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Mol Autism. 2017 Feb 22;8:7. doi: 10.1186/s13229-017-0123-2. eCollection 2017.

Disconnection from others in autism is more than just a feeling: whole-brain neural synchrony in adults during implicit processing of emotional faces.

Mennella R1,2, Leung RC1,3, Taylor MJ1,4,5,3, Dunkley BT1,4,5.

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Department of Diagnostic Imaging, Hospital for Sick Children, 555 University Avenue, Toronto, Ontario M5G 1X8 Canada.
Department of General Psychology, University of Padova, Via Venezia 8, 35131 Padova, Italy.
Department of Psychology, University of Toronto, 100 St. George Street, 4th Floor, Sidney Smith Hall, Toronto, Ontario M5S 3G3 Canada.
Neurosciences & Mental Health, Hospital for Sick Children Research Institute, 555 University Avenue, Toronto, Ontario M5G 1X8 Canada.
Department of Medical Imaging, Faculty of Medicine, University of Toronto, 263 McCaul Street - 4th Floor, Toronto, Ontario M5T 1W7 Canada.



Socio-emotional difficulties in autism spectrum disorder (ASD) are thought to reflect impaired functional connectivity within the "social brain". Nonetheless, a whole-brain characterization of the fast responses in functional connectivity during implicit processing of emotional faces in adults with ASD is lacking.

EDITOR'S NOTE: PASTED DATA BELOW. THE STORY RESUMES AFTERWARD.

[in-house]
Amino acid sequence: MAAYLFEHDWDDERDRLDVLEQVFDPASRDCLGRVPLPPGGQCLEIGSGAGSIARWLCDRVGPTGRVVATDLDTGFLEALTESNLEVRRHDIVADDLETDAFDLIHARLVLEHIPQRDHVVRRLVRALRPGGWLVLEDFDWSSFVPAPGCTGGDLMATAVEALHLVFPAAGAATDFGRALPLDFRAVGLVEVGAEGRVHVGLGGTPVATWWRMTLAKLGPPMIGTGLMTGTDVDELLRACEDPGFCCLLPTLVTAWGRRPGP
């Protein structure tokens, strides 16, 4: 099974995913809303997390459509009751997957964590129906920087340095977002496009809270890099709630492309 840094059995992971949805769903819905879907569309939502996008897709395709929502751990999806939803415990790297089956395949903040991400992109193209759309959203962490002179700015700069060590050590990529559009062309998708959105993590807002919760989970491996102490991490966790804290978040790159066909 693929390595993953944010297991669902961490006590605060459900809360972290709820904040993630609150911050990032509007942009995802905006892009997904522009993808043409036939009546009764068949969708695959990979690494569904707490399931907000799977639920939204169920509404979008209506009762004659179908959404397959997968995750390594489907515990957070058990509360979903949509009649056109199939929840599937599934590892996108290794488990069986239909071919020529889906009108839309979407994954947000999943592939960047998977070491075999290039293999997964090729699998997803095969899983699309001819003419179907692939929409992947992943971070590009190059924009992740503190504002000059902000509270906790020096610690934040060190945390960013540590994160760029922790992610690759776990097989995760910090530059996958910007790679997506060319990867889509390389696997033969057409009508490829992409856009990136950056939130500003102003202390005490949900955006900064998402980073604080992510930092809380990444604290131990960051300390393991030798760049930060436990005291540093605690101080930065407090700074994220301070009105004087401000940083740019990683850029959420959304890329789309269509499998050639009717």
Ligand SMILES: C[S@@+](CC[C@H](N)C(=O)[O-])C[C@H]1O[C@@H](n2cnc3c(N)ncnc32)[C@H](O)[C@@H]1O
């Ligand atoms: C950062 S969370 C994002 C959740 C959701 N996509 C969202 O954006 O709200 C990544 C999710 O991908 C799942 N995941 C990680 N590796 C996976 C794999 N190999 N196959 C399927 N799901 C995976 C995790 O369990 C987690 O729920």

The present study used magnetoencephalography to investigate early responses in functional connectivity, as measured by interregional phase synchronization, during implicit processing of angry, neutral and happy faces. The sample (n = 44) consisted of 22 young adults with ASD and 22 age- and sex-matched typically developed (TD) controls.


Reduced phase-synchrony in the beta band around 300 ms emerged during processing of angry faces in the ASD compared to TD group, involving key areas of the social brain. In the same time window, de-synchronization in the beta band in the amygdala was reduced in the ASD group across conditions.


This is the first demonstration of atypical global and local synchrony patterns in the social brain in adults with ASD during implicit processing of emotional faces. The present results replicate and substantially extend previous findings on adolescents, highlighting that atypical brain synchrony during processing of socio-emotional stimuli is a hallmark of clinical sequelae in autism.


Autism; Emotional faces; Functional connectivity; Magnetoencephalography; Social brain; Young adults

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